Dhe returns of cult value

The NFT bubble is the sign of a renewed rediscovery of the cult value of art. “Damien Hirst wants to burn thousands of his photos”, reported the “Süddeutsche Zeitung” in July 2022; in october, the magazine “Monopol” announced that the fires had finally been carried out on the occasion of the Frieze art fair. An artist recognizes the triviality of his production and throws it away instead of disturbing the public? Wasn’t that good news? But of course that was not the goal, but one of those acts of “productive destruction” in the sense of Joseph Schumpeter’s theory of capitalism, where “productive” means profitable.

At best, Hirst’s “Currency” show of destruction is an indicator of reversals in the art market. Value comes not from artistic skill, but from speculation fueled by publicity. A year before the cremation, Hirst was selling brightly dotted paper works as decorative as any confetti-strewn table, with the options of NFT conversion or material preservation. Since around half of the buyers have opted for the creation of a digital “original” – provided that the material object is destroyed – the Hirst confetti can now be viewed, for example, via the NFT trading platform OpenSea with the title assigned by the creator will. The constant color is sometimes called “As long as the sun shines”, sometimes “That it would die”, sometimes “Where we live”. The continuous list of simple, attention-seeking subject-predicate constructions, without any reference to confetti, reinforces the arbitrariness of the objects. Ultimately, what characterizes the series entitled “currency” can only be its monetary value.

This confirms the dubious argument of British art expert and gallery owner Michael Findlay that the value of art derives from monetary value. According to its inside story, The Value of Art, the record amount raised at Christie’s for Beeple’s digital collage, Everydays/The First 5000 Days, transformed this ordinary, internet-enabled collectible into a work of art. At the same time, Hirst’s “money” campaign still follows Schumpeter’s well-known logic: prices (of coins that remain analog) rise by artificially creating scarcity. Hirst stays true to his reputation as a “sensational” artist: the burns that took place in the gallery space, in appropriate costumes, and which can now be traced on the internet, primarily created “show value” (in the sense of Georg Seeßlen and Markus Metz), which has “collective value”. the token increases.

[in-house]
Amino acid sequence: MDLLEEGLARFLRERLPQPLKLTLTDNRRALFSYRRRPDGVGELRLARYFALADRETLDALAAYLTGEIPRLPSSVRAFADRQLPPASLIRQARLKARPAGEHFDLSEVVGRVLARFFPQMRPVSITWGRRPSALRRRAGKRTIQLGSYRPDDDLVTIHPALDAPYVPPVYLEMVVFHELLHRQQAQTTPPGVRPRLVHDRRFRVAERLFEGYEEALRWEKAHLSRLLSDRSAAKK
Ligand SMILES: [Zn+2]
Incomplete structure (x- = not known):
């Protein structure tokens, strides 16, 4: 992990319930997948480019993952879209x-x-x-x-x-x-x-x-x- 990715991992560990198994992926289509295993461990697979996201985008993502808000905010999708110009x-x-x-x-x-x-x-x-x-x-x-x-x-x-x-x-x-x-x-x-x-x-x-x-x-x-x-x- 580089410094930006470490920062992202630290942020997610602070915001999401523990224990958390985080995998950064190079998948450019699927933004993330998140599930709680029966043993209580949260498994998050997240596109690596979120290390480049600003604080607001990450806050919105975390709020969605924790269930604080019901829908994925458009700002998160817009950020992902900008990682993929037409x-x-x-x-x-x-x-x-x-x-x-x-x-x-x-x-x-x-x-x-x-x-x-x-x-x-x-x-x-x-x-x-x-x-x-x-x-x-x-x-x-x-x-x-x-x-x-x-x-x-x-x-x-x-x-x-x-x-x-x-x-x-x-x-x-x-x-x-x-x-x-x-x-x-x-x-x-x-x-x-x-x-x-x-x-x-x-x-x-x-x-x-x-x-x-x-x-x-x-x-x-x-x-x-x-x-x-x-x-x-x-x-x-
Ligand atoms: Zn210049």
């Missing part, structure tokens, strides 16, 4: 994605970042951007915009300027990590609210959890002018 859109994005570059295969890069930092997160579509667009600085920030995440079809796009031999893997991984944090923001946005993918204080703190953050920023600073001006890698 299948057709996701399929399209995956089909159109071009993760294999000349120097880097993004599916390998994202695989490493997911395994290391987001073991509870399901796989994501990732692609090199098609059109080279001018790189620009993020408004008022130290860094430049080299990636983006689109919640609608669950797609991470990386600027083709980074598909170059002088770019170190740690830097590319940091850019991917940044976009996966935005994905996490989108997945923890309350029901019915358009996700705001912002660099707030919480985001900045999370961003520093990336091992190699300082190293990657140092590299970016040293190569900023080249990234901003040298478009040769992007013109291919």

hardware attack

The destruction of a Banksy print by a group close to the Injective Protocol blockchain platform and posing as Banksy fans was also staged as a spectacle, as was the burning of a page from Frida Kahlo’s diary by crypto entrepreneur Martin Mobarak (Ursula Scheer has 2021 and spoke about it in the »FAZ« in 2022). In addition to a speculative practice with an affinity for staging, we observe here a fundamental and destructive attack on matter.

In a series of almost unknown art destruction from 2021, which can be found on YouTube and whose notoriety should remain low according to the wishes of writers here, they are mainly prints and works on paper by artists now little known deceased who are diverted. The video recordings document the protagonist’s sadistic lust as it struggles for attention. He rips off the works of art that are attached to the wall with adhesive strips, briefly presents their signatures and other traces of authenticity in front of the camera. He then brings the works in grinder format to his hand so he can breathe a sigh of relief after they are destroyed. A cult object that we thought was forgotten is placed in the center of the video extract: the annihilation device.

2021 and 2022 have been years of booming releases around NFT and Metaverse, often with the addition of “for beginners”. The cryptocurrency and seal of authenticity were linked to speculation about a future three-dimensional parallel world. First the subject of science fiction literature and computer games, the metaverse was popularized by Mark Zuckerberg’s version”Horizon Worldsto the changing scope of the reality of commercial and economic transactions. This indicates a rapidly growing influence of virtually generated values.

Speculation is in any case linked to the possible destruction of material goods. However, the loss of material-sensual contact is further increased by a shift from central life contexts to the Internet, which is termed three-dimensional. The NFT hype manifests private desires to shred tactilely tangible things or let them go up in smoke on the altar of internet realities as scorched victims. It is both an expression of alienation from the physical and the desire for immediate physical destruction. The relapse of the art world, which has declared itself avant-garde, into the value of spectacle and worship also has a fascist component.